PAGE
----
Can you remember the time when you were very small, playing in the garden or running around in a park? I don’t think children today have the luxury of connecting with the nature, not as much as older people like us. These days, parents are entertaining their children with iPad, iPhone, computer games and modern technologies. I am not saying that it is a bad idea to expose young children to modern technologies, but I would like to recommend that children should be spending more time with the nature so that when they grow up they will appreciate their life more.
These days, many parents conveniently put the responsibility of bringing up their children into the hands of the schools, TV programs, computer games, etc. It’s no wonder when some children grow up, they become either very far away from their parents and the nature, or they are completely indifferent to the suffering of others. If you feed your children’s mind with fabricated things, then of course they will become reflections of these fabrications. As parents, it’s a heavy responsibility to bring up children, not only to feed them, but to take care of their spiritual well being.
Most situations happen due to karma and conditions. Some children turn out very well when they grown up despite their difficult environment. So we can’t really tell. But one thing that we should remember is to always keep them close to mother nature. Without understanding mother nature, children will not be able to appreciate it, and this is how all the abuses to the natural environment are happening. When we are connected with the natural environment, we would have an understanding of how it works and how we depend so much on it. It is only with this understanding that we will appreciate and value the mother nature.
Egoistically speaking, I remember when I was just 5 years old. I used to roam around my monastery at night, all by myself, to check if lights were turned off. As I was very short and small, I often had to struggle quite a lot to switch off the lights, especially the ones in the toilets and bathrooms. Most people always forgot to switch off the light when they finished their business there. So I was always feeling that it’s my responsibility to make sure that lights were switch off. My beloved tutor, Khenpo Noryang, praised me several times saying to the elderly monks, “Although he (that means me) has such a small and short body, his mind is so great, he does not want to waste energy. You fellows are so big in size, yet your mind is so small. You just leave lights on and water tap on, without having any concern for the environment.” Most of the time, because of my own laziness and mischief, my tutors, total in 8, used to give me such a hard time. They would beat me till I became unconscious. Since my parents were not allowed to be with me, I had a very hard time all by myself when I was very small. But my tutors, especially Khenpo Noryang, loved to praise about my “night shift”, going around to turn off lights in the monastery. So that gave my ego a boost and encouraged me to nurture my original nature loving personality.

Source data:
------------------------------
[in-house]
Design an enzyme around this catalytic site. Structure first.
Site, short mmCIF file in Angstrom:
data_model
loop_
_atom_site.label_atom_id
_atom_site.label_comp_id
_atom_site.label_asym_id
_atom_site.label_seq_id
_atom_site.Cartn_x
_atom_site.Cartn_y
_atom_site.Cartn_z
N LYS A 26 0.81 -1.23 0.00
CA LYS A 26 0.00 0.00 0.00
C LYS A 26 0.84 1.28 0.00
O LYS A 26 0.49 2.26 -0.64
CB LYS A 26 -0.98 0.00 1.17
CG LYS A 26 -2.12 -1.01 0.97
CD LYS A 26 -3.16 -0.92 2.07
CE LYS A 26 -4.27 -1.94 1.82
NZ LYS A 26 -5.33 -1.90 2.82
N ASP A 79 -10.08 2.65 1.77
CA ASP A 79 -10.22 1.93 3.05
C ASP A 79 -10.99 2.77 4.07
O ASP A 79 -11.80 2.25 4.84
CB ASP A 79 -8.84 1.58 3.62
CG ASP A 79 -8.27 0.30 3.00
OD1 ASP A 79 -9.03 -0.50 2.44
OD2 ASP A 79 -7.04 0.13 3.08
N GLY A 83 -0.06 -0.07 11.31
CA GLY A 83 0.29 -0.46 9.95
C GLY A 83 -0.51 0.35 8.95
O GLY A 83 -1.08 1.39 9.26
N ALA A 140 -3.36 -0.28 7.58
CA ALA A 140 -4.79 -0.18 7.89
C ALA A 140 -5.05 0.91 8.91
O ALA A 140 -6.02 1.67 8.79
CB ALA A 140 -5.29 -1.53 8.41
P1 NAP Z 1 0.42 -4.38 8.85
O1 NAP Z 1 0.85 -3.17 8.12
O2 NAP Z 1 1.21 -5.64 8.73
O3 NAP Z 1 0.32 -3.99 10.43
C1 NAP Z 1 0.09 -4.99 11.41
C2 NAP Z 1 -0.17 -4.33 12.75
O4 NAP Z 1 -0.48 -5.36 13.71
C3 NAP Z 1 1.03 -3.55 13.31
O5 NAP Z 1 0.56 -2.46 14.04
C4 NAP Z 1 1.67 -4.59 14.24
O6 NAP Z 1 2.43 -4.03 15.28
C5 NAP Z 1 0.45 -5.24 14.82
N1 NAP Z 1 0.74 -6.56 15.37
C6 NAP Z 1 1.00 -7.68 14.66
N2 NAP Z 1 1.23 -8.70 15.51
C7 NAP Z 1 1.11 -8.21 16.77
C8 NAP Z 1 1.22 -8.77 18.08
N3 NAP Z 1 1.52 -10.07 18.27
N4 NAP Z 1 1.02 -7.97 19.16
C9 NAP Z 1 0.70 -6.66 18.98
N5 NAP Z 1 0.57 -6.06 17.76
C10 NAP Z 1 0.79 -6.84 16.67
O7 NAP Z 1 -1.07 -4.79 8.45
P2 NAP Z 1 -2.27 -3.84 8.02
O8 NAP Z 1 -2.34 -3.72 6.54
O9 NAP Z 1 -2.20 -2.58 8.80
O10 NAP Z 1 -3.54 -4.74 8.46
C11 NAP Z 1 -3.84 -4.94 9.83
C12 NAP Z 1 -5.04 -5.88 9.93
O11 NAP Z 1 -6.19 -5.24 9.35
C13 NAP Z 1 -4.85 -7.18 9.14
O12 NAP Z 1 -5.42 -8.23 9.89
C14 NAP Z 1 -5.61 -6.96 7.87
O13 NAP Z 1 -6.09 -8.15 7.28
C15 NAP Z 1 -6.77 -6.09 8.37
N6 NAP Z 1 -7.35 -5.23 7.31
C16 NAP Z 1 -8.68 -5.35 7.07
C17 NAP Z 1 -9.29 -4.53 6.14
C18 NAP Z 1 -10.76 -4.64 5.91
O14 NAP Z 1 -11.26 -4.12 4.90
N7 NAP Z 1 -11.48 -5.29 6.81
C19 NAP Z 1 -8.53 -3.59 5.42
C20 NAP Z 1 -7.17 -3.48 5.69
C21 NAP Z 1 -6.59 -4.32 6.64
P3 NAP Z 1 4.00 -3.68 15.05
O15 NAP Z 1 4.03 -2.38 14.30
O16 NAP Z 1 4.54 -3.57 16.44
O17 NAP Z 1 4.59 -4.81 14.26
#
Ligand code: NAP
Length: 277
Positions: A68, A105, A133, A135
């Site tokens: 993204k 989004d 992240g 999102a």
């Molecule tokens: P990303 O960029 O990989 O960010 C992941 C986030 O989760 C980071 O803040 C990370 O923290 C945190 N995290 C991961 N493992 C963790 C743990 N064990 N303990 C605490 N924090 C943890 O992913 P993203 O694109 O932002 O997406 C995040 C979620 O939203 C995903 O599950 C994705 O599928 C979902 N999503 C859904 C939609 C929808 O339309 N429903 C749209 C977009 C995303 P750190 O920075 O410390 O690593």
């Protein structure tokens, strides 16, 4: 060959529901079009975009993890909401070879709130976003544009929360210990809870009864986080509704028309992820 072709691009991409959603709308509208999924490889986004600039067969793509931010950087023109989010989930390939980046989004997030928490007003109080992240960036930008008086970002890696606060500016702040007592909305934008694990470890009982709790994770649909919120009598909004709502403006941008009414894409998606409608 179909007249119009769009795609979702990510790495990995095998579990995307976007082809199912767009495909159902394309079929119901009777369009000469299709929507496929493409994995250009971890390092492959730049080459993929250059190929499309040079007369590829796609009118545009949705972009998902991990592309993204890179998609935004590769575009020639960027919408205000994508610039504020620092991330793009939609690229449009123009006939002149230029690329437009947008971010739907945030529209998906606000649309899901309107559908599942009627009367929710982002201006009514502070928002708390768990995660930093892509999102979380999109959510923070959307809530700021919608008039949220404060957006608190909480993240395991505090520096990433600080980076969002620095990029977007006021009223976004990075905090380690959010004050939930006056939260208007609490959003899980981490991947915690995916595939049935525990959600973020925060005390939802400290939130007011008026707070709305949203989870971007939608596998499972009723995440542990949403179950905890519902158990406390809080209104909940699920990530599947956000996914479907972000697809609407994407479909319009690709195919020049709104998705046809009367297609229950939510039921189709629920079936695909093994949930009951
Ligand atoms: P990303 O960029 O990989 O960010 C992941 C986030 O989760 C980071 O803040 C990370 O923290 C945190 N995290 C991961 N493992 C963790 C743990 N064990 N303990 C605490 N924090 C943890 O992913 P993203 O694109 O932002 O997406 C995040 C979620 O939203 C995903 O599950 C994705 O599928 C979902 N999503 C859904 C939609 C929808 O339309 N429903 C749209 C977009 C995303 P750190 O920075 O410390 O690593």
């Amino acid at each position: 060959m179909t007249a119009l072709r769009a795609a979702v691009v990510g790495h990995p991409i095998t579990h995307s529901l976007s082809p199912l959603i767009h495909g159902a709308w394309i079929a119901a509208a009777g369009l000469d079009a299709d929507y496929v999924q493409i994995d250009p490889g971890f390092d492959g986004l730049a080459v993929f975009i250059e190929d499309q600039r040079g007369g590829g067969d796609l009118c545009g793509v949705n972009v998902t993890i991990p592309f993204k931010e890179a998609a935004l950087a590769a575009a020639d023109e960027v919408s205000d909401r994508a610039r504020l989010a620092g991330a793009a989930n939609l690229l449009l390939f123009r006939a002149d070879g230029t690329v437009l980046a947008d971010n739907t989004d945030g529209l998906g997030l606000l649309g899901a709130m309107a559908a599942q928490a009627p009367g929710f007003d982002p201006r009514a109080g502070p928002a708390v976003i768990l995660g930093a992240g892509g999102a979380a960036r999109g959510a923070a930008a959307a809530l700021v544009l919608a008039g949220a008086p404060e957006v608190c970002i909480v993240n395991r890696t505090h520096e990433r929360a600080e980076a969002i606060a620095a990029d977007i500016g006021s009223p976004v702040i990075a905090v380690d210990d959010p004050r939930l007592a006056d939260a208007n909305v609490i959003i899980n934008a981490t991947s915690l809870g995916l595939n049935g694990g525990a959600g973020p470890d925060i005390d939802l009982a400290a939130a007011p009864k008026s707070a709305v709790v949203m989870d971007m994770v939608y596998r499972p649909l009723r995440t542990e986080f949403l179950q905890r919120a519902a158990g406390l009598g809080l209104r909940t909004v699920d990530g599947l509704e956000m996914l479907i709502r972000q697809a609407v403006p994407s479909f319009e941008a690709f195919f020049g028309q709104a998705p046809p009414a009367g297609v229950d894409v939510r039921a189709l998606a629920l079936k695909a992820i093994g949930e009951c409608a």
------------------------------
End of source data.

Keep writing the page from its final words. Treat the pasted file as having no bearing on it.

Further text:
Of course, like most of you, I gradually gave in to modernisation. I lately realised that I have been leaving lights on too in the bathrooms. This is like our refuge and spiritual practice. When we started as a beginner, we had such a great enthusiasm, we almost wanted to be enlightened right away. We would do thousands of prostrations in a day, tens of thousands of mantras in a day, but slowly by slowly, our engine would start to slow down. There are so many distractions out there, so we tell ourselves, “Let’s go and see what’s happening out there and then come back to finish our practice. If we can’t practise today, we will do it tomorrow.” Once we break the chain of practice, then we will start dragging. Eventually, we forgot even our first moment of deep urge, wishing to help all beings so that we would be enlightened. One thing would be leading to another, then our old negative habits would start to catch up. In no time, we might even become worse than the time before we started our spiritual path. Like anything we do, spiritual practice and Bodhicitta motivation always have to be kept on trek. Otherwise we will drift away from our original or beginner’s mind.
In light of our need to continuously give back to our mother nature, let me again encourage all of you to join us in the Live to Love record breaking tree planting initiative in Ladakh. We need everyone’s support o help us keep our consistent action and commitment to protect, preserve and save our environment. See you soon in Ladakh at the 4th Annual Drukpa Council.